What Happens When We’re All Brands?
The world doesn't need one more person playing a character
I’m a big fan of a UFC fighter by the name of Colby Covington. Covington is an amazing fighter, but he admittedly has kind of a boring style. Covington has superhuman cardio and amazing wrestling, but not a lot of power. So, he wins his fights via pressure. He’s constantly in the other guy’s face, pressing him against the fence, wearing him down, and is throwing lots of light punches. Eventually, the other guy wears down and Colby is able to get the win, usually by decision. Well, despite the fact that Covington is one of the best fighters in the sport, the UFC was about to release him because he wasn’t exciting enough. So, Covington decided to create a persona for himself:
“I’ve never told this story before but three fights ago, before I fought the No. 2 guy in the world, this guy named Demian Maia in Brazil, they had told my manager Dan Lambert that they weren’t going to re-sign me. They didn’t like my style; they didn’t like that I wasn’t entertaining. This is before I really started to become an entertainer and really understand the entertainment aspect of the business. Before this fight, they told me no matter what happens, I was ranked No. 6 in the world, we’re not re-signing you, we don’t like your character, we don’t like your fighting style. And I’m getting paid $30,000 to go fight the No. 2 guy in the world. After you pay taxes and pay your coaches you’re really going to get $5000 or $10,000. So, I go out there and I beat him up and leave him in a pool of blood in Sao Paulo, in his home city. I shoot this promo on the Brazilians and say, ‘You guys are all a bunch of filthy animals and Brazil you’re a dump.’ So, I go and shoot this promo, and I wasn’t supposed to have my job, but that promo goes so viral on the Internet, that the UFC’s like, we have to keep him, we have to re-sign him because that promo is so big. So that’s what saved my career and that was the turning point of my career. The rest has been history.”
From there, Colby started wearing cheap suits, insulting everyone like a wrestling “heel,” coming up with ridiculous nicknames for his opponents, and shouting about how much he loves Donald Trump.
How much of this is the real Colby and how much of it is an act? It’s hard to really say for sure. In fact, after Colby lost to Kamaru Usman, with whom he supposedly had a ferocious rivalry, he essentially “broke character” talking to him in the right and told him, “It’s all love for you. It’s all about making money nothing but love for you.”
What you are seeing from Colby there is nothing new. Wrestlers have been doing it for decades and yes, we all understand that Mick Foley doesn’t truly have multiple personalities and the Undertaker isn’t actually some unholy dead man who lives to spread evil or be a biker or whatever his last character was before he retired. We all also understand that corporations aren’t really the brands that they try to portray themselves as on TV. Whatever face Coca-Cola, Disney, and Google may show to the public, we all understand that their 1st, 2nd, 3rd, and 4th priorities are making as much money as possible. What is new over the last decade or so is that because of social media, it’s not just the celebrities and corporations that have started taking on personas.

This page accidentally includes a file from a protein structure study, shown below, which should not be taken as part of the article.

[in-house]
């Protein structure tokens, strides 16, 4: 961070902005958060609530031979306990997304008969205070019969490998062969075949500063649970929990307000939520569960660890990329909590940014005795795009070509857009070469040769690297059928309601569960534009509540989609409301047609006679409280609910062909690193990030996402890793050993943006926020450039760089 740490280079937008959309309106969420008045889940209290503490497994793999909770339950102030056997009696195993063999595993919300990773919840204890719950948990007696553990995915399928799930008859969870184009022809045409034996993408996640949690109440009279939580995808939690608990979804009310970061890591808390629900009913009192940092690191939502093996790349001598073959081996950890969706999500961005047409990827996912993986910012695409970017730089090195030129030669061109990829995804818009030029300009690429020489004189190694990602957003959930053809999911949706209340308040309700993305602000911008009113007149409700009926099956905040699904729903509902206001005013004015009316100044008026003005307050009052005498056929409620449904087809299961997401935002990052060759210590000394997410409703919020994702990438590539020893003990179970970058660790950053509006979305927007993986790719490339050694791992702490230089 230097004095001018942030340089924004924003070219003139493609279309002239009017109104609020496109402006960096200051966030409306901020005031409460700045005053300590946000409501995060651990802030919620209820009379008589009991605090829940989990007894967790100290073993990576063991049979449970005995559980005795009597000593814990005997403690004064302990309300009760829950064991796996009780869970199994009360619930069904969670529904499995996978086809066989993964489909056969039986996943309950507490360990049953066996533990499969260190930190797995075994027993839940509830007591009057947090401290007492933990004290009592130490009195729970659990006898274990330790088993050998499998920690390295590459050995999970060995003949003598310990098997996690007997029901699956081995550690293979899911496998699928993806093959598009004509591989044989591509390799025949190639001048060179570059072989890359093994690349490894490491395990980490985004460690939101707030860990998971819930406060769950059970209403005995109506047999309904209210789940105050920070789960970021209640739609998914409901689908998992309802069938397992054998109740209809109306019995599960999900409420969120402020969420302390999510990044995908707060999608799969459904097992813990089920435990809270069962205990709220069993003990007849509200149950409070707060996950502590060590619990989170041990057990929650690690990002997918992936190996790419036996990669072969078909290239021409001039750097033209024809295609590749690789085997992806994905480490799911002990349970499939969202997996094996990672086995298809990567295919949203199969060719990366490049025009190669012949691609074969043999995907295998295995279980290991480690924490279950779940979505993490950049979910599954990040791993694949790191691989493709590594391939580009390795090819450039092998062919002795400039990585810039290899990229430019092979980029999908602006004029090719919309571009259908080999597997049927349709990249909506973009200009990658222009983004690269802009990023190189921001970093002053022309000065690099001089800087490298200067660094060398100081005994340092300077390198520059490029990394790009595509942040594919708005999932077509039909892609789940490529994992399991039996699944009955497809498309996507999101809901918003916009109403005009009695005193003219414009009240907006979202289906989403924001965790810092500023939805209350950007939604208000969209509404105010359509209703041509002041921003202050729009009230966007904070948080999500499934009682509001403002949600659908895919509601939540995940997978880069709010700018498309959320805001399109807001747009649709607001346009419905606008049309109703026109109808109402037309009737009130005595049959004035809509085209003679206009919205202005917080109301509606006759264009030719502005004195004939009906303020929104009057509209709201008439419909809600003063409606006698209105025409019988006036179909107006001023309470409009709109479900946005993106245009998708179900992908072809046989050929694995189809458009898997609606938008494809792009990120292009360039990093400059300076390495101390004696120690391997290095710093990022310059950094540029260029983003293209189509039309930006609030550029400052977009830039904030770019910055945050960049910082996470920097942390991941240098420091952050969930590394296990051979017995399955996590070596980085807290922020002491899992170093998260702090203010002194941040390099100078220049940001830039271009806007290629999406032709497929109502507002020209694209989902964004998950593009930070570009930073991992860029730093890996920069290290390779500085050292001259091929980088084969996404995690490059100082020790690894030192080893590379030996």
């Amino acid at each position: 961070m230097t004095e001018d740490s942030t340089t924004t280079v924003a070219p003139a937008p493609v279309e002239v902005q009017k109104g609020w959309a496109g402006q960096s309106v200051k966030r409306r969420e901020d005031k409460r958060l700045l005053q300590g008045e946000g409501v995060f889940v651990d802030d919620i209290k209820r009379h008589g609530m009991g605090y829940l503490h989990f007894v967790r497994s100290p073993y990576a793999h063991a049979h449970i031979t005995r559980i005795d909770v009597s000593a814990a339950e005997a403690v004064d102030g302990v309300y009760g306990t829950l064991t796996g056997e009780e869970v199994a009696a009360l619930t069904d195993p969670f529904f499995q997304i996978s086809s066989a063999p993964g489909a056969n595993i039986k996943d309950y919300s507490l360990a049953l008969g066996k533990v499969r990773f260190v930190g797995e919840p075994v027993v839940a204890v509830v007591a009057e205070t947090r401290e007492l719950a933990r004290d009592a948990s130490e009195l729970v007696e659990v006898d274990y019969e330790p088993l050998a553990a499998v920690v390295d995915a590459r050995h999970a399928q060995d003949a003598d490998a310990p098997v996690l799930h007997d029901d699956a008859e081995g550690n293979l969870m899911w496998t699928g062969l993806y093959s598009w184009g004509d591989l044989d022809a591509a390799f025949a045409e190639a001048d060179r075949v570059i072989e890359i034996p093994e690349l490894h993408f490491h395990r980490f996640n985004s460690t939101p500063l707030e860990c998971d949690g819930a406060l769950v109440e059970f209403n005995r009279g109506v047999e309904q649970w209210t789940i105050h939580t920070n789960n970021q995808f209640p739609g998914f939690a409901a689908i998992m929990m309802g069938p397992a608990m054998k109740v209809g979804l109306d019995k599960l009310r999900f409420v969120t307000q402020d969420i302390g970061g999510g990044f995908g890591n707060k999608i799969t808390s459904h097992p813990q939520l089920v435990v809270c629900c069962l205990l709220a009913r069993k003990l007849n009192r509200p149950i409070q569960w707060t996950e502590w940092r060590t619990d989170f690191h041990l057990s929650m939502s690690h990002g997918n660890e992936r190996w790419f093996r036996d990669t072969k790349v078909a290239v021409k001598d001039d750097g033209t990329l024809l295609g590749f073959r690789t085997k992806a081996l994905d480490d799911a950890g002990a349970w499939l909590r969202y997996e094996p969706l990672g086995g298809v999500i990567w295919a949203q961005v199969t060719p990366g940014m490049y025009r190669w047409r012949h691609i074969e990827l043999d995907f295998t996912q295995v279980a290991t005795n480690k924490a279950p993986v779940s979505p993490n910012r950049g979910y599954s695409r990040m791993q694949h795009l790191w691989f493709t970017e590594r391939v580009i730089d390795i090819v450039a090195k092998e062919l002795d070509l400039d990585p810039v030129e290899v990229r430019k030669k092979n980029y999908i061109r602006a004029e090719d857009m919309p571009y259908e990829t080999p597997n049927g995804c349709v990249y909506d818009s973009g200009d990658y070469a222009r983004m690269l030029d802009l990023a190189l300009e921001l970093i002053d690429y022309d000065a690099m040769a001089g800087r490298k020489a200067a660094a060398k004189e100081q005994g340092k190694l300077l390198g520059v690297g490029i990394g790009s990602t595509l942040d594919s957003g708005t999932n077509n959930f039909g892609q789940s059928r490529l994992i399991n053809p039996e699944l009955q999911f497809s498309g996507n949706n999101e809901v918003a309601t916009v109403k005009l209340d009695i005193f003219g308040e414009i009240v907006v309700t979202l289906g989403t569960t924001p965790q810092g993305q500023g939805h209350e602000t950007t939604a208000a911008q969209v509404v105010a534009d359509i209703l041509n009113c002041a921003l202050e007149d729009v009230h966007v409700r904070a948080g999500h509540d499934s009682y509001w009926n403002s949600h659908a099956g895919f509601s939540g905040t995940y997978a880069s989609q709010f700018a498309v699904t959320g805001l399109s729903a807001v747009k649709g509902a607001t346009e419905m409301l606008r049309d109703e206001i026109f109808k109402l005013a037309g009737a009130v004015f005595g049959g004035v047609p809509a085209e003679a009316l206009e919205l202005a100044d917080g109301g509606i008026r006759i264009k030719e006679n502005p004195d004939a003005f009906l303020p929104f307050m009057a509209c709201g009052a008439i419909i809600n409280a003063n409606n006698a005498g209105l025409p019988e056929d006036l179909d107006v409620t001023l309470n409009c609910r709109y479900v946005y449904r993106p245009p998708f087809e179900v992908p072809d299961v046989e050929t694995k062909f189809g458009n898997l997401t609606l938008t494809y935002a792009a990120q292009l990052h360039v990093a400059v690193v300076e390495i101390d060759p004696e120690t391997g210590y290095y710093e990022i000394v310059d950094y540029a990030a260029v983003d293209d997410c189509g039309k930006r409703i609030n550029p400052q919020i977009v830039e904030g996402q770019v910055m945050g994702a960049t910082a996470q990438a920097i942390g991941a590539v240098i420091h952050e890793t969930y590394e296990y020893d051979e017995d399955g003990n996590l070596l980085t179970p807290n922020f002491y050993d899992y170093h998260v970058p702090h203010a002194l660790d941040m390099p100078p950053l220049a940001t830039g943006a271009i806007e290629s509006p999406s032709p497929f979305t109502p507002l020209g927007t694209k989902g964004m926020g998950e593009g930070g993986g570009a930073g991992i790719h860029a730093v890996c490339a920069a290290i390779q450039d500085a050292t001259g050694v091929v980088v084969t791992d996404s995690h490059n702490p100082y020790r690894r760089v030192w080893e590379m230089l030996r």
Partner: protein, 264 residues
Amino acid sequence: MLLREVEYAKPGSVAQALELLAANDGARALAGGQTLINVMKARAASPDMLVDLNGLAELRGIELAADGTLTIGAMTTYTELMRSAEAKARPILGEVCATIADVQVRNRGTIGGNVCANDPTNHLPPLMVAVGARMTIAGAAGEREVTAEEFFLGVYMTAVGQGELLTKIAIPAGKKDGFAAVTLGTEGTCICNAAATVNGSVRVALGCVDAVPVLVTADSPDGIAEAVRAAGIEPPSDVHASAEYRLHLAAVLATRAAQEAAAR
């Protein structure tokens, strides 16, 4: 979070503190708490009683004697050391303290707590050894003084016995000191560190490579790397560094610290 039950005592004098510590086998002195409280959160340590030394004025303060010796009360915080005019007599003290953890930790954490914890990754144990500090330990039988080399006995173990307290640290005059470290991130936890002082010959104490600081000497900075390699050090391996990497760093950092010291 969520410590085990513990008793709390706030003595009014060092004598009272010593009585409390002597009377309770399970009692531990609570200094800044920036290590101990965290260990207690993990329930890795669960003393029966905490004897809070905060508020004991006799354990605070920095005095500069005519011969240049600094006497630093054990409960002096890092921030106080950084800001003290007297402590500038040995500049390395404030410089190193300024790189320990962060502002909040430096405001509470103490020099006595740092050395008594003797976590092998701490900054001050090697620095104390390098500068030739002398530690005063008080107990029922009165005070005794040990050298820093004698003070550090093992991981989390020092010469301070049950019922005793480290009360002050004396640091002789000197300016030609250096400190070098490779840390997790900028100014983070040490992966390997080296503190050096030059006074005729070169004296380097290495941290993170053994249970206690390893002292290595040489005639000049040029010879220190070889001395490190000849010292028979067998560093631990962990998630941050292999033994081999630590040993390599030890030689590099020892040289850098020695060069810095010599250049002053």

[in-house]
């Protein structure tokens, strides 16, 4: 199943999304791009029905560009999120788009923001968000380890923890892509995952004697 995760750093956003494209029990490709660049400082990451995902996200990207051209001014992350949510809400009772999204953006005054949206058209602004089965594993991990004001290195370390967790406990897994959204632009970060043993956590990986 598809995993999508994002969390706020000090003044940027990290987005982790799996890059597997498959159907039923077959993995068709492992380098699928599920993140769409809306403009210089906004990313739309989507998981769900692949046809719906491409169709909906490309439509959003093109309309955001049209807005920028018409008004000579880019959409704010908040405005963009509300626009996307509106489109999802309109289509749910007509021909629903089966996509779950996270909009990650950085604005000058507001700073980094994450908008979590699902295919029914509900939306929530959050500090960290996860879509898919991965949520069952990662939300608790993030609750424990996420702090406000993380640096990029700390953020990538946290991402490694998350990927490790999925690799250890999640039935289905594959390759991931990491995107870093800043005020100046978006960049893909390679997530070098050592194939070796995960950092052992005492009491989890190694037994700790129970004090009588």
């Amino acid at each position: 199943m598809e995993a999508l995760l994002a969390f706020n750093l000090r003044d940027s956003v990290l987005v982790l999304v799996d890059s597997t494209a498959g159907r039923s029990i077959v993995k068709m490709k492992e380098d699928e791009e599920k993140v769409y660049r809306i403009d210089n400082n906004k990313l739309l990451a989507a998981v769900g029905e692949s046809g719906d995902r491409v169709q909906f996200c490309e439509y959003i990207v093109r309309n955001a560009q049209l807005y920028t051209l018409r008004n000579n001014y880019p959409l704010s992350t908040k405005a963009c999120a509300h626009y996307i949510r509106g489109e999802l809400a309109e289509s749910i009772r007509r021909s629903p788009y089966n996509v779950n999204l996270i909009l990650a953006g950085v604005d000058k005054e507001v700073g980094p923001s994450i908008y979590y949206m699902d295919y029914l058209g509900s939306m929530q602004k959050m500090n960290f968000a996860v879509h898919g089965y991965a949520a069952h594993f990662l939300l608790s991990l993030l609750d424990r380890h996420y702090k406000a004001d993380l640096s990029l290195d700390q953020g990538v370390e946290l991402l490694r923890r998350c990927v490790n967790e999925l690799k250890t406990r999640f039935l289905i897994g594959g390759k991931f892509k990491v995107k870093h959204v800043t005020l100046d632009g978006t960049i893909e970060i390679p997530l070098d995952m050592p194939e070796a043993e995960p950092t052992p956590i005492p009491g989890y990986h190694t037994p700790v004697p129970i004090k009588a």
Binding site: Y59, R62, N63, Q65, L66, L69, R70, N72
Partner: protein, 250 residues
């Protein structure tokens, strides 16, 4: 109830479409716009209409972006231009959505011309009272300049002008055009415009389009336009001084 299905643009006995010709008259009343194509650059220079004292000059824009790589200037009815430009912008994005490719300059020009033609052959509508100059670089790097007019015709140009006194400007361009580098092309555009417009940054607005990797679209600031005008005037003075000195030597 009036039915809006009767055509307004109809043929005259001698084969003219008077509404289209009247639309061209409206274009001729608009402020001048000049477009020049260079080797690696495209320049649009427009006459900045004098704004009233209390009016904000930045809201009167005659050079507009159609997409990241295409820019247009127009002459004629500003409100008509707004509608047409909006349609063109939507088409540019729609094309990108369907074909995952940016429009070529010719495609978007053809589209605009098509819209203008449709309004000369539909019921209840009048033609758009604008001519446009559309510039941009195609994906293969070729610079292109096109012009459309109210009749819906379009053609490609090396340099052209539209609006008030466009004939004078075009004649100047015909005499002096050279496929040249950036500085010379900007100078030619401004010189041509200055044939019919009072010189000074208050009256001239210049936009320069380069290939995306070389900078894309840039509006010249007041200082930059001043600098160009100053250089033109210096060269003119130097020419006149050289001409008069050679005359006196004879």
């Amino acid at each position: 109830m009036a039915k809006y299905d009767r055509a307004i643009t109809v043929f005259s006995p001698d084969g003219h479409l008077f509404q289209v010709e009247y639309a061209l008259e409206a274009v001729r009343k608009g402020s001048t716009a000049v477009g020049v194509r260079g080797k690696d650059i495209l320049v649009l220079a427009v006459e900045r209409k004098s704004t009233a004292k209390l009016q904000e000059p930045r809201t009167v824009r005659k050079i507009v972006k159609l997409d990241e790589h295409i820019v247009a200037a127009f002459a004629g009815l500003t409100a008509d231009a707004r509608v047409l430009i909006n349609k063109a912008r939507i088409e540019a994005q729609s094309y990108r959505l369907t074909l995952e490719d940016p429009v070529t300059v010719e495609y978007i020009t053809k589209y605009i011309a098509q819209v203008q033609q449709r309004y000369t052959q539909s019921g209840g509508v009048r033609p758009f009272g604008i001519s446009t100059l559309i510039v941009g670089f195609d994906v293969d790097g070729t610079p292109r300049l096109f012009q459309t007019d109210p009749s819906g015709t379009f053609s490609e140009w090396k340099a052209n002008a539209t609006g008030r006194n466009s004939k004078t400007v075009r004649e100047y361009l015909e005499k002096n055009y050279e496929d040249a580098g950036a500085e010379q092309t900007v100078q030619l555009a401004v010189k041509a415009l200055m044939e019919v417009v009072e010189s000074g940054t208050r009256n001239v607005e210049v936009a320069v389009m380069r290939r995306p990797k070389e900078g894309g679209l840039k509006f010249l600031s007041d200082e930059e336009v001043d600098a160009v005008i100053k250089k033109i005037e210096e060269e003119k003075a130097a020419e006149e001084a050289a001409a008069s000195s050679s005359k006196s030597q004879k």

We’re all brands now.
Not you? Really? Are you sure? Here’s a little something I wrote about this subject a few years ago. Read it and see if you can relate:
If you look at my Facebook pictures, they’re all of me traveling. I’m at the Eiffel Tower. Here’s me decked out with my hot girlfriend at the Empire State Building. Woah, there’s me with Alcatraz in the background. You don’t see me, right now, without a shower, wearing sweats and a t-shirt in a messy room, grinding out this column while my girlfriend is pissed at me.
Are people getting “the real you” on social media? Not at all. They’re getting the image of you that you want to present to the world. It’s no different than the fast-food restaurant showing mom looking pleased with herself while her perfectly behaved, smiling children happily wolf down burgers or the guy having the time of his life drinking beer with his friends while hordes of attractive women look at him like he’s a famous movie star who just made a billion dollars. That’s not real. Neither is what you see on social media in most cases.
For the most part, what we see is a Potemkin village, a false construct, a fake presentation of what life is like for people. Do you know how I know they’re fake? Because I’m out in the world, meeting real people, and guess what? They’re not going to parties every night. They haven’t been to New York, Paris, and Los Angeles this week. They’re also, if I may be so blunt, not huge @ssholes like most of the people are on Twitter. If you judged other people by Twitter, you’d think the country was on the verge of a race war, “Karens” are standing around with 91 punched into their phones waiting to hit that last 1, and that every disagreement leads to an outraged shout fest.
Sure, those people exist, but how many of them are there? For that matter, how many of the “people” you see on social media platforms like Twitter are actually real human beings?
Keep reading with a 7-day free trial
Subscribe to Culturcidal by John Hawkins to keep reading this post and get 7 days of free access to the full post archives.